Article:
Mark Hughes

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Face to face with Todt, small teams at risk, advantage Rosberg

I believe that there is a conspiracy in Formula 1 that is trying – and at the moment looks like succeeding – to keep costs high enough that they can induce a few small teams to expire and thereby trigger three-car entries from bigger rivals. At least two of the major four teams are supportive of the plan, which would allow them to retain huge factories built up during the boom years and their attendant cost bases. In reducing the number of teams, it would also create larger slices of the thin cake not devoured by the sport’s owners. Essentially, all of F1 is being skewed around two teams – McLaren and Ferrari – having facilities that are too big and too expensive for the current climate. They can afford them, but only because the others are making sacrifices. F1 collectively cannot afford them because it cannot afford the iniquitous income share among the teams that is necessary to feed the giants. Yet that is the direction these teams – and also to a lesser extent Red Bull and Mercedes – are taking.

At the time of my interview with FIA president Jean Todt (p36), he still held out hope that he was going to be able to mandate some serious cost-cutting measures suggested by the F1 Strategy Group. Almost inevitably however, most of these were blocked – blocked by the very teams that were part of the strategy group that formed them. Given that Todt is effectively handcuffed by the processes, it means that those big teams have effectively and cynically stalled what was a genuine attempt at introducing some financial sanity and sustainability into its structure.

As soon as Ron Dennis returned to the helm of McLaren, and Martin Whitmarsh was banished, the team’s whole attitude to cost control U-turned. While Whitmarsh had been proactive in trying to find a way through the nightmare of imposing and policing a cost cap, Dennis came out immediately and said he was against the idea and had no interest in being part of it. It was his job to look after McLaren and that’s what he was going to do. Ironically, the costs associated with running McLaren’s fantastic MTC facility are why teams such as this have such a voracious appetite for income. That income is squeezed from a total available pot that is smaller than it should be, because the sport’s ownership is greedily structured. And even within that pot the distribution between teams is iniquitous. Instead of spreading the pot so that even the smallest teams can have a viable business, the big teams would prefer to be rid of the smaller fry, thereby taking their meagre income and directing it at propping up facilities that are just too big, too costly.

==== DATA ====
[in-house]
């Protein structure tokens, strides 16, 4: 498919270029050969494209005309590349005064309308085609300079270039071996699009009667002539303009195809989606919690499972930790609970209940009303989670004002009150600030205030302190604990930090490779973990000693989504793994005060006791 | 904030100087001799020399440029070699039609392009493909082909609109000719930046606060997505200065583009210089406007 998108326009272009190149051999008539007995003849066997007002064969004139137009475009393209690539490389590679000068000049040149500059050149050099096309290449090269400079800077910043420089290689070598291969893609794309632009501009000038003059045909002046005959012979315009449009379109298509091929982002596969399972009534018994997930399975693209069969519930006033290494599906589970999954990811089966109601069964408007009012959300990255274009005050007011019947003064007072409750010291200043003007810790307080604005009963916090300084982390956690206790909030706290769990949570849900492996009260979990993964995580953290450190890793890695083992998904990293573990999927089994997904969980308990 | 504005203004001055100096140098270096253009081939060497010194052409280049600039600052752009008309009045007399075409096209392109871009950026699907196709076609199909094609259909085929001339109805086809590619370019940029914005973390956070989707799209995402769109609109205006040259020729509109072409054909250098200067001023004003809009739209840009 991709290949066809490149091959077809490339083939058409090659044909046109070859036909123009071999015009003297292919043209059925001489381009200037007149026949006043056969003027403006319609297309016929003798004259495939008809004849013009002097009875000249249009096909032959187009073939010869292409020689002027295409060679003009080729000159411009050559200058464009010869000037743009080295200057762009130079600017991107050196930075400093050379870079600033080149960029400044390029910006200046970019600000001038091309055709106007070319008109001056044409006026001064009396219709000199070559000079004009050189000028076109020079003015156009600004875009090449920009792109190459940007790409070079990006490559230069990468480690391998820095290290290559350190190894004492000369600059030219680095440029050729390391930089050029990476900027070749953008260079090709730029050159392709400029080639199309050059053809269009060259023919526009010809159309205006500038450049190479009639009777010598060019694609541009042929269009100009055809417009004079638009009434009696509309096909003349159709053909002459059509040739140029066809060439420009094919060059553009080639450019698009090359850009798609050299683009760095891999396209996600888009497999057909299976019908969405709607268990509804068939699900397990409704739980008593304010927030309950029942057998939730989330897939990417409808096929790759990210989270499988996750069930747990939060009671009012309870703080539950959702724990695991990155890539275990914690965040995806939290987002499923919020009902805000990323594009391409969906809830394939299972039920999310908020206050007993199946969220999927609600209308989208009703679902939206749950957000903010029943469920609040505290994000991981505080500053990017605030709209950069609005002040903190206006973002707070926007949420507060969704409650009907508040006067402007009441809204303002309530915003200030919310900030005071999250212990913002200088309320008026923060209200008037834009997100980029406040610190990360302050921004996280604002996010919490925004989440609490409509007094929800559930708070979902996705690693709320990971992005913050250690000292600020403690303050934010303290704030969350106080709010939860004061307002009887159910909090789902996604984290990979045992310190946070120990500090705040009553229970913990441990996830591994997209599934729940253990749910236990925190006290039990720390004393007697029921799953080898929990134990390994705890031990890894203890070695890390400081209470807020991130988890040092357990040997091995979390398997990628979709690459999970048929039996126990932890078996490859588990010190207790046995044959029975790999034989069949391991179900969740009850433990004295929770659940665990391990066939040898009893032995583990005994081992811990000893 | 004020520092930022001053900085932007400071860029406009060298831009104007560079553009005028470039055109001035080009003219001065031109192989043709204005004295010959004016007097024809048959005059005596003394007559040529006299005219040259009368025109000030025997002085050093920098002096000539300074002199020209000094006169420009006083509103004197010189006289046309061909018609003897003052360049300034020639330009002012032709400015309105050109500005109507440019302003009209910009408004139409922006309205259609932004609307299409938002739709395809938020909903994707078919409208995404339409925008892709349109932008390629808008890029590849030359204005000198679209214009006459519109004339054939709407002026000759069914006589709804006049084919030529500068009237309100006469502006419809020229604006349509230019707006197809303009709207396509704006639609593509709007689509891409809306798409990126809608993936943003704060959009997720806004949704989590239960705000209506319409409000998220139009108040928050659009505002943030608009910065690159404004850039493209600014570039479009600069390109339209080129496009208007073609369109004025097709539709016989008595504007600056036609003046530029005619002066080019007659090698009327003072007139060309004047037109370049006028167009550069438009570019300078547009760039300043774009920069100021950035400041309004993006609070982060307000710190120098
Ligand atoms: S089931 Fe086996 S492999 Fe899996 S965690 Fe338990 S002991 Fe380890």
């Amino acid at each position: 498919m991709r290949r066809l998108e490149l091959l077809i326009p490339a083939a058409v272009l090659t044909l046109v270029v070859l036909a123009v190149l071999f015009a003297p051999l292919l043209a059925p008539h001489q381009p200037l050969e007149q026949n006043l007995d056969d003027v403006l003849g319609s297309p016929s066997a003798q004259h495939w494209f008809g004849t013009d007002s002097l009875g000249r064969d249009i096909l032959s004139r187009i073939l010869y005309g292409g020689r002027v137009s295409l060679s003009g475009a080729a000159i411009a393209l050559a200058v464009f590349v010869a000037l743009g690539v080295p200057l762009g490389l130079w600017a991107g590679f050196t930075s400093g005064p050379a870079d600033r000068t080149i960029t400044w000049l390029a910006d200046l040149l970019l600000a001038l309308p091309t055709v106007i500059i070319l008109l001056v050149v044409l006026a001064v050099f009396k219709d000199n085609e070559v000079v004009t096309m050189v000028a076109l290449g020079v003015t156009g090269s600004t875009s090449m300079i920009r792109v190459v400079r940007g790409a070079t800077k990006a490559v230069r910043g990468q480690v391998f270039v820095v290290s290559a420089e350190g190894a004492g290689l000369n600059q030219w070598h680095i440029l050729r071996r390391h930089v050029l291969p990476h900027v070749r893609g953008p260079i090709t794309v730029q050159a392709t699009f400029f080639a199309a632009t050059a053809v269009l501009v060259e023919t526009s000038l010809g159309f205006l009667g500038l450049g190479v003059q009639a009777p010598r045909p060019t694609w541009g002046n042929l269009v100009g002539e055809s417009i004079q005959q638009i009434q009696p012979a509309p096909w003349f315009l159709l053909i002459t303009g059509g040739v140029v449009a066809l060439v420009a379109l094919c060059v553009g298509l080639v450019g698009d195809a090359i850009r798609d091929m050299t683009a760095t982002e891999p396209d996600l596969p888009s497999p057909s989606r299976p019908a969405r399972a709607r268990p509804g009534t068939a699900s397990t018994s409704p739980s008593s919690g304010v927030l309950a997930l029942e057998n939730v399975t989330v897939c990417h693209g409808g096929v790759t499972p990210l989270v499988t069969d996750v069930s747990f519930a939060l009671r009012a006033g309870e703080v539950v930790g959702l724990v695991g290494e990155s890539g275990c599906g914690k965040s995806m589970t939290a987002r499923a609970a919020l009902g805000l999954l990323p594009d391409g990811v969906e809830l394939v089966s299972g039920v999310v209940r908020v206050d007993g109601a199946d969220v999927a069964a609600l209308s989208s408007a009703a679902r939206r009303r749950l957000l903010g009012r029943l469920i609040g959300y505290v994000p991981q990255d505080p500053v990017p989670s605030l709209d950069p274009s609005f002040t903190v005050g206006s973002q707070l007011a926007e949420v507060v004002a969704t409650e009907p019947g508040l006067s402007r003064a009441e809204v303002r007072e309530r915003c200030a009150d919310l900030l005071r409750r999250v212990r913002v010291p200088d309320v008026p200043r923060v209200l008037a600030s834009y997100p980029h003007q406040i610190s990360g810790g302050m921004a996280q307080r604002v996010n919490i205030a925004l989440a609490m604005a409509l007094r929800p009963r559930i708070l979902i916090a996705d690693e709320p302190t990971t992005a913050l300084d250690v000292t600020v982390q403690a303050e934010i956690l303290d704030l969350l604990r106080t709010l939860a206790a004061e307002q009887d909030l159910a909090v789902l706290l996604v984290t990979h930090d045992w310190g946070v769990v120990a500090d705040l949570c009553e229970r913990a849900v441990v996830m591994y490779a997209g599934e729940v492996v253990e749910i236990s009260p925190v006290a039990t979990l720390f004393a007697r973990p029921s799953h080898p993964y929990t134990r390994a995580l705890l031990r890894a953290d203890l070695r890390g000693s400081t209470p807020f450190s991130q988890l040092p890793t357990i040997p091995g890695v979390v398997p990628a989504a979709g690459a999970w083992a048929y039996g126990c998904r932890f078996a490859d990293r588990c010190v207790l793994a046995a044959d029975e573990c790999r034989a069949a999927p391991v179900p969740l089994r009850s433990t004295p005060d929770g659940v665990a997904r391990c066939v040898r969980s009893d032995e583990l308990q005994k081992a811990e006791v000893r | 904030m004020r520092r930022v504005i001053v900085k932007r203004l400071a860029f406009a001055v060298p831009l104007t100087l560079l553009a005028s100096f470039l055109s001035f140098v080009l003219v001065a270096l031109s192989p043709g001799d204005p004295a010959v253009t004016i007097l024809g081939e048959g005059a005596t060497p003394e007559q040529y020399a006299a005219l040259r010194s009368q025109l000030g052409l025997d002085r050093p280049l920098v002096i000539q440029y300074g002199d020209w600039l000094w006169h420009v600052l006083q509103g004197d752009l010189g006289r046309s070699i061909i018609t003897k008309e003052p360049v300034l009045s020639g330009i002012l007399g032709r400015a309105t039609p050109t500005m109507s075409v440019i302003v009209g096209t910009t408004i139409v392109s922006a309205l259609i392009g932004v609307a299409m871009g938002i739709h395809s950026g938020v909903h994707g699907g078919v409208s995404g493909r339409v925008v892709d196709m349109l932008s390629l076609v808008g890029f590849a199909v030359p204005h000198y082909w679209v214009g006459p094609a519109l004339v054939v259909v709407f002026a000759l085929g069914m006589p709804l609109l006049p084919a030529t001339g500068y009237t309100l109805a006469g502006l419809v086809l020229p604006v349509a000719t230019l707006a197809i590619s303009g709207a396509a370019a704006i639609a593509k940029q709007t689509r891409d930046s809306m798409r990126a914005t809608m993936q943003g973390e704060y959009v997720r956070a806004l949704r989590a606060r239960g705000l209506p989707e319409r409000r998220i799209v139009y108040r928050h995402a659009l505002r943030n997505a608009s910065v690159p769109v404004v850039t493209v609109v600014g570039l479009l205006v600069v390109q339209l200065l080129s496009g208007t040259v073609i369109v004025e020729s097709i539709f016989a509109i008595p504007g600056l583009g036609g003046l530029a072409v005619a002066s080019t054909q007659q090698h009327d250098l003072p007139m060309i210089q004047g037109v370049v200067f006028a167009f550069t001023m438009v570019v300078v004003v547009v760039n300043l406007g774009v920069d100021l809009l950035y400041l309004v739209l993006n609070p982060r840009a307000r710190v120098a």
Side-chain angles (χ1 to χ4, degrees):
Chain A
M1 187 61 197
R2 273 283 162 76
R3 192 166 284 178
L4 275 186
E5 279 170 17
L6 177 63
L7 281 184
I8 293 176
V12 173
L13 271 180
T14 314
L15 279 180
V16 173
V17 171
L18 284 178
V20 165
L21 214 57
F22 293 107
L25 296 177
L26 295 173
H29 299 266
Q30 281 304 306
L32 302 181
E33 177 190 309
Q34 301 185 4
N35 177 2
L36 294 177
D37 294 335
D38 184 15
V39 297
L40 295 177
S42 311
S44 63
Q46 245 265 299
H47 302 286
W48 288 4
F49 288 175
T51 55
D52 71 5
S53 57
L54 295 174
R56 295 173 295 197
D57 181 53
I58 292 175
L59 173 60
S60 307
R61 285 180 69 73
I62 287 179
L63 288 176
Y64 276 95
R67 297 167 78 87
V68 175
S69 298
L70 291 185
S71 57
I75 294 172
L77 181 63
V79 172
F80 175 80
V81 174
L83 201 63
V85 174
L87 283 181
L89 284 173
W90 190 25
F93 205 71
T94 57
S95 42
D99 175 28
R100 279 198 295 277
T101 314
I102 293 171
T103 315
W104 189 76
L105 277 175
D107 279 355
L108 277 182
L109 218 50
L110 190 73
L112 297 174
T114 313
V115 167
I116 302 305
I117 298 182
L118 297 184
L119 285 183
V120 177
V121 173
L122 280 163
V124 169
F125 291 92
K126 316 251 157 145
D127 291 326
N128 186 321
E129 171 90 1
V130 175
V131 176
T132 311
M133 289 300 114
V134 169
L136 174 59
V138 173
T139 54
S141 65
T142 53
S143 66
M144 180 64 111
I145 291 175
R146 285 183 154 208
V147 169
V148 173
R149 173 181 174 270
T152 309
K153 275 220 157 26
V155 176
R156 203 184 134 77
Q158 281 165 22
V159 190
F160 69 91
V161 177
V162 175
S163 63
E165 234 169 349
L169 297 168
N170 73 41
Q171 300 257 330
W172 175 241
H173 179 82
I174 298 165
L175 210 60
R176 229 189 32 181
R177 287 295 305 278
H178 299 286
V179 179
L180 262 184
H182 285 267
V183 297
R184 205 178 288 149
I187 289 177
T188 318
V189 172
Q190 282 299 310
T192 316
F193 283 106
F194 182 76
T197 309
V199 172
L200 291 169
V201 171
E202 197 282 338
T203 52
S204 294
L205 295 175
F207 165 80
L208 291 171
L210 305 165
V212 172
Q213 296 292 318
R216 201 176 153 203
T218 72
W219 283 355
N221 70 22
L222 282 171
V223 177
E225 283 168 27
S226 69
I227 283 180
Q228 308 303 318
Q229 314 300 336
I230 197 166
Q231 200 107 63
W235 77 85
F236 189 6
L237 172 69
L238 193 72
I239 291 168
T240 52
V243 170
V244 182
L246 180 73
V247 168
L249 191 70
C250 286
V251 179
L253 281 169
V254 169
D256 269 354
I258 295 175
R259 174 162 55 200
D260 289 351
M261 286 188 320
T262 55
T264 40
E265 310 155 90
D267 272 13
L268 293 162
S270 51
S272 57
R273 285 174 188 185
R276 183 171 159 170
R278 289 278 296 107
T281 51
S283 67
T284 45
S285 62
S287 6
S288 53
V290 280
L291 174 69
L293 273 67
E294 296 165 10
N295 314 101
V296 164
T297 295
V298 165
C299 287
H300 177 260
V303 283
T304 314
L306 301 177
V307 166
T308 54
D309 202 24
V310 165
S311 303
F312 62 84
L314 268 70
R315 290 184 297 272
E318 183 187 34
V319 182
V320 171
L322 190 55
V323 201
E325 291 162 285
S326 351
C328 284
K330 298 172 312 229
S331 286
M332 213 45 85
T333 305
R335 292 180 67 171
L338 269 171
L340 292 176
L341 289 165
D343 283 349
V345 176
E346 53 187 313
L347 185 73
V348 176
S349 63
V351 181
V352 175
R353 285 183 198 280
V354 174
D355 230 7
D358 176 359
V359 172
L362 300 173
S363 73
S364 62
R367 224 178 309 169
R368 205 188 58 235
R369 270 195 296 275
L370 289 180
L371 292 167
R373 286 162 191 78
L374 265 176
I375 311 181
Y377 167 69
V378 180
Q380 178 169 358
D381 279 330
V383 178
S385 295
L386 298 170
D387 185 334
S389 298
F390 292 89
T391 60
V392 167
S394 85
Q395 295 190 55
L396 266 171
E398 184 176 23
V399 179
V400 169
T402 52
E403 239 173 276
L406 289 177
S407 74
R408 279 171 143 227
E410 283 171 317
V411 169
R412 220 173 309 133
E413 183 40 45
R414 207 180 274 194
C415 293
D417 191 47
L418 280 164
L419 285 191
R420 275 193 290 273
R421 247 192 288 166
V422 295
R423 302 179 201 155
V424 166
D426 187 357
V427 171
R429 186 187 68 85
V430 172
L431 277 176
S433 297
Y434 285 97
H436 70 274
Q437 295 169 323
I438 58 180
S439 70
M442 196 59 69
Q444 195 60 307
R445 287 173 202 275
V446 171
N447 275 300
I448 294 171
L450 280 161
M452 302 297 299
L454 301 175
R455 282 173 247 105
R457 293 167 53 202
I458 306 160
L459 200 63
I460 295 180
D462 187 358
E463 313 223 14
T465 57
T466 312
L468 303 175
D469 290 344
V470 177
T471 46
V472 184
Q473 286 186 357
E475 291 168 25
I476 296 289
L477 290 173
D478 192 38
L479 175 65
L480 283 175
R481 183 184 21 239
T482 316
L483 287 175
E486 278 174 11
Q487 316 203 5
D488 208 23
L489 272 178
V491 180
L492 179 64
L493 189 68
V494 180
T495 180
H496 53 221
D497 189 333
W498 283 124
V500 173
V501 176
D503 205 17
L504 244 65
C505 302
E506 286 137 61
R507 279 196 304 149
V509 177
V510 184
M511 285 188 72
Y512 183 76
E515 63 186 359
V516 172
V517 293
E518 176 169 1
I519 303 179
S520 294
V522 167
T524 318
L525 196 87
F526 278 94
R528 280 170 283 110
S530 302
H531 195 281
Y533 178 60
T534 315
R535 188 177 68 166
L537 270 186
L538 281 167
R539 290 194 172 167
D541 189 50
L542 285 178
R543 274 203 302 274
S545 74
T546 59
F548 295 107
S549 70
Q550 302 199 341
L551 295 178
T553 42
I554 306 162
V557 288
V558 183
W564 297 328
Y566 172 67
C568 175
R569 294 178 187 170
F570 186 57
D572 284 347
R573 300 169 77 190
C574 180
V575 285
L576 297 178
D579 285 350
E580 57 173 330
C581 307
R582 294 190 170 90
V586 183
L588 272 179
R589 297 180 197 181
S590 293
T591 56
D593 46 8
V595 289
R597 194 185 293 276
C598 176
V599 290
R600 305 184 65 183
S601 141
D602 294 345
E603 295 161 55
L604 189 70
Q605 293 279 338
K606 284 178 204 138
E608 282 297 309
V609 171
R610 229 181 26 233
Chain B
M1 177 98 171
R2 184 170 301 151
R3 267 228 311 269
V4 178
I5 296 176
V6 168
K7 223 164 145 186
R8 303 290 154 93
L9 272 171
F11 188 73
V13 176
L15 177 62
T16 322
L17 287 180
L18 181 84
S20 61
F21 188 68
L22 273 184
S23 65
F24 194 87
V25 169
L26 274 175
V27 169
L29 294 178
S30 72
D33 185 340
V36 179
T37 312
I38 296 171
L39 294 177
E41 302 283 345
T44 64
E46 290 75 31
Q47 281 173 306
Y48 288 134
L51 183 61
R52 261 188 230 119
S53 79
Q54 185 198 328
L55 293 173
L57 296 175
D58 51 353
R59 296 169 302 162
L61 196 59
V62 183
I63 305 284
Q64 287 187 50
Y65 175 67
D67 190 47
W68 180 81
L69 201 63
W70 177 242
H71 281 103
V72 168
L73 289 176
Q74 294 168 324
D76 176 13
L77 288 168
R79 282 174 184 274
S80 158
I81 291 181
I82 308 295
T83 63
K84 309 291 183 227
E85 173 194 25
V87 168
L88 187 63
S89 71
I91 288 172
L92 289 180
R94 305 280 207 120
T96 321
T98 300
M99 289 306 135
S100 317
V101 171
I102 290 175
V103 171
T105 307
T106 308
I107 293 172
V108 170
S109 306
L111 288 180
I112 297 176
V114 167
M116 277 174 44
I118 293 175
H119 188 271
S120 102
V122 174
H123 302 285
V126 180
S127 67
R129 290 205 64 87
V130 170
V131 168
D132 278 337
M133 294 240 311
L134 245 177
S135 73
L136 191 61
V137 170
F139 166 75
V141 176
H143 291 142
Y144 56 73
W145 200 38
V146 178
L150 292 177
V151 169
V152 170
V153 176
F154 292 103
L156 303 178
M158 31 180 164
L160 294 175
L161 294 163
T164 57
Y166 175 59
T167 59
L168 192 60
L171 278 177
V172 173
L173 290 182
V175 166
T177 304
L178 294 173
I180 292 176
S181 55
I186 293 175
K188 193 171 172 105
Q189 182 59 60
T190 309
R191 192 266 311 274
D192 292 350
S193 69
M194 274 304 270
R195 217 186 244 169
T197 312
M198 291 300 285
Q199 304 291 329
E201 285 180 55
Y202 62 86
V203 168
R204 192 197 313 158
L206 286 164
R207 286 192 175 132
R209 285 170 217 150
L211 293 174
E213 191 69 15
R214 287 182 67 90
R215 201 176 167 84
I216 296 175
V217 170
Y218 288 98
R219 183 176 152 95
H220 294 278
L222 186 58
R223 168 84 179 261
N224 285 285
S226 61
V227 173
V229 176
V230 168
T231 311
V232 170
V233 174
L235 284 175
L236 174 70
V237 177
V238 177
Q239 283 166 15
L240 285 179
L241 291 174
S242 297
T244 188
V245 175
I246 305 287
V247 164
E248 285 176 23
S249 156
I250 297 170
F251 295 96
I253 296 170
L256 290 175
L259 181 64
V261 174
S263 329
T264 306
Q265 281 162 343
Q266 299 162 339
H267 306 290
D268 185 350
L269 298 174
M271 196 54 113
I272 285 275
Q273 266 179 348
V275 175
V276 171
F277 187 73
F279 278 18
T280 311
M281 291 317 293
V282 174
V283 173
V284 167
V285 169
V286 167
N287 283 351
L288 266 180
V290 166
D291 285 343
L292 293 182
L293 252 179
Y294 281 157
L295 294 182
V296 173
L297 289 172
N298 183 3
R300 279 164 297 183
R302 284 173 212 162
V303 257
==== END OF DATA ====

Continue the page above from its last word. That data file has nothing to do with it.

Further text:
If instead of trying to introduce a cost cap teams were told they could not have a head count of more than 400 people (excluding engine departments in the case of Mercedes and Ferrari), then Lotus, Sauber, Force India, Toro Rosso, Marussia and Caterham would automatically comply. Williams would need to trim some jobs. Red Bull and Mercedes could probably achieve it with much less pain than McLaren. Their facilities are much smaller and they use sub-contractors more extensively. Ferrari could surely disguise it easily enough by re-assigning official roles into the production car company. McLaren?

So F1 heads on with a few more restrictions on wind tunnel and simulation time, but essentially on a path that spells extinction for some of the smaller teams. That’s why for all its surface fairness, it’s unhealthy having teams – particularly the big ones that largely comprise the F1 strategy group – coming up with the rules. They need to be imposed by an enlightened dictator (like we had), albeit one who doesn’t sell the sport out or become personally vindictive against those standing in his way (like we also had).

At the moment we have a very fair governance structure being subverted by self-interest among the big teams. The egalitarianism of the structure, outlined by Todt in the interview, makes it vulnerable to this subversion. The subversion in turn is being driven by too much of the income leaving the sport through the owners.

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